inside and outside the houses. Each building has one computer that handles all sensors, as well as pneumatically activated doors and windows. This is a peculiarity of the RUAG system, which allows to open a window if this is hit by a round which is considered sufficient to destroy it, permitting for example to the soldier to toss a hand grenade inside the room. If opened using the handle doors can be closed again, but if a different system is used the lock feels it and it will not be possible to close it anymore. A considerable add-on to reality compared to standard systems. The effects of rounds on the walls, and thus on the people inside the house, are considered using algorithms, and inside laser emitters will “kill” or “wound” occupants according to what established by the computer, while visual (smoke) and sound effects add reality to the scenario. All data are recorded, the RUAG-Army team putting then together the After Action Review presentation that may include screenshots, videos and radio messages, allowing to show commanders at various levels the main mistakes, the activity being mostly focused on the chain of command rather than on the individual soldier.
To run all this the Swiss Army fields 18 professional officers and NCOs, while RUAG has some 80 personnel that form what is known as RTS GAZ-West, where RTS stands for RUAG Training Support. It is RUAG personnel that issued 600 kits to soldiers in six hours on the first day of their refresher course, and that will collect them and made them available two days later to the next three-weeks rotation, while other colleagues take care of washing and re-arming artillery simulation devices, reload batteries that allow the communications network to work, maintain the infrastructures, and ensure that the buildings capable of hosting up to 1,200 soldiers are ready to accept the incoming unit. Overall the Bure camp hosts 16 rotations per year, and in 2018 with the new model adopted by the Swiss Army each combat battalion will have to come to one of the simulation facilities once every two years, the odd year being spent in the field for standard training. This will allow the Army to have an impression of the combat effectiveness of its units, which will allow eventually to trim the training process in order to improve proficiency. For the time being it was the Army that evaluated RUAG proficiency, and GAZ-West obtained a 2.9 over 3.0 rating, GAZ-Ost obtaining a 2.8 rating, both well close to the optimal.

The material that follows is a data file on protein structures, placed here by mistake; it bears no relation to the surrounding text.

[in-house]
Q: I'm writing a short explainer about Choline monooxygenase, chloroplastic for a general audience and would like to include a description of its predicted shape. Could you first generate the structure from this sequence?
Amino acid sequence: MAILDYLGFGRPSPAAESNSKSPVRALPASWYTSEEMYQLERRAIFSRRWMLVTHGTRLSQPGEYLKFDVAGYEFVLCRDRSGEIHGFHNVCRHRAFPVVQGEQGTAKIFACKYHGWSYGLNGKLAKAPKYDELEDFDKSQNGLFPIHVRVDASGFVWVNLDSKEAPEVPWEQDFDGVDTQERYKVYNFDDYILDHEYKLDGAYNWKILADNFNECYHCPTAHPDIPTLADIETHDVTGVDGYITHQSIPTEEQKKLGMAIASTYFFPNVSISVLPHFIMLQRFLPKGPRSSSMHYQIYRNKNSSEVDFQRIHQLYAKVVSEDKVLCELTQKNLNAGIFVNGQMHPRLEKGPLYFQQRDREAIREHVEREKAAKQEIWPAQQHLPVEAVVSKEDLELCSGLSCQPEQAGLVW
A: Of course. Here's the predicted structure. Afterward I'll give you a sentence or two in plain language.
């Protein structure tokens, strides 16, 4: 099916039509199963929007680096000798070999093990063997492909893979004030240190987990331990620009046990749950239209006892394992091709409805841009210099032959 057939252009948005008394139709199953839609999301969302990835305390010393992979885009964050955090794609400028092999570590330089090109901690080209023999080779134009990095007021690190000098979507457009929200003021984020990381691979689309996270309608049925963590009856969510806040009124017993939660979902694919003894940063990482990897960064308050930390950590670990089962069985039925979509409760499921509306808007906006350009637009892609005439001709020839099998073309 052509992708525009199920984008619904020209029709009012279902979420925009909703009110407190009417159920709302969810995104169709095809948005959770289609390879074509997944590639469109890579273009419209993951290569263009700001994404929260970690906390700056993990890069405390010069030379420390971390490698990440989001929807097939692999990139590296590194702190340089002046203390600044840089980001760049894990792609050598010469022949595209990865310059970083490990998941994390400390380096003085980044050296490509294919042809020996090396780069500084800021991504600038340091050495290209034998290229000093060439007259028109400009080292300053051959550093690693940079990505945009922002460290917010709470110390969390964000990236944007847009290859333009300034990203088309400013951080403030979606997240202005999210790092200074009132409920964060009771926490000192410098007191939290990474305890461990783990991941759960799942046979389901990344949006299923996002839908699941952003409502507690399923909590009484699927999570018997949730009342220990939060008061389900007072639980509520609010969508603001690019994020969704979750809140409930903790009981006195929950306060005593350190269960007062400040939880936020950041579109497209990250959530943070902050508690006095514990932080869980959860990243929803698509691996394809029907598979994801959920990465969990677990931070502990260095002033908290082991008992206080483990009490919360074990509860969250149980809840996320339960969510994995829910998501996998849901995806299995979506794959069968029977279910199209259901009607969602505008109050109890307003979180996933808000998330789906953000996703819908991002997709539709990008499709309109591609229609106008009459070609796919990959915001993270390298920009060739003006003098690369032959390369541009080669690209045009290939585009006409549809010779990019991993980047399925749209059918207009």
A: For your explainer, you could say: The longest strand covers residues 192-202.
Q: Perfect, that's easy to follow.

With RUAG being a service provider, maintainer and upgrader, in perspective the Swiss Army live simulation platforms might well further evolve; the Swiss Army is working on a long-term development programme of its combat training centres, but no details are yet available. As for RUAG, in late 2016 it won a competitive bid with Armasuisse for the acquisition of 500 kits, each made of ten systems, of the new Shooting Simulation 90 devices; this has a weight of roughly half that of the system currently in use. Moreover, the harness is very slim allowing the soldier to access the pockets in its combat vest to grab ammunition magazines and other items, the helmet harness can be fitted to any kind of helmet, and sensors can be used also with other laser systems as they are able to read five-six different laser codes. “RUAG has become in the last few years one of the major live simulation companies together with Saab, Thales, Rheinmetall and Cubic,” said Dr. Markus Zoller, CEO of RUAG Defence Division. In 2014 the Swiss group acquired Gavap, a family company which in the past teamed with RUAG on some projects, and is increasing its involvement on the international market. It is one of the main simulation providers to the French Army, having delivered rifle simulation systems, being part of the team that developed the VBCI crew simulation system, and being fully involved in the Symulzub combat training centre at Sissonne. “In late 2016, teamed with Thales, we won the Cerbere contract, which aims at the upgrade and modernization of the French combat training centres of Sissonne and Mailly le Camp,” Dr Zoller added. This contract includes over 5,000 individual soldiers equipment, over 300 instrumented buildings, with more than 200 pyrotechnic devices and 300 smoke generators as well as sound generating systems, “this being one of the major simulation contracts ever won by RUAG,” Zoller concludes.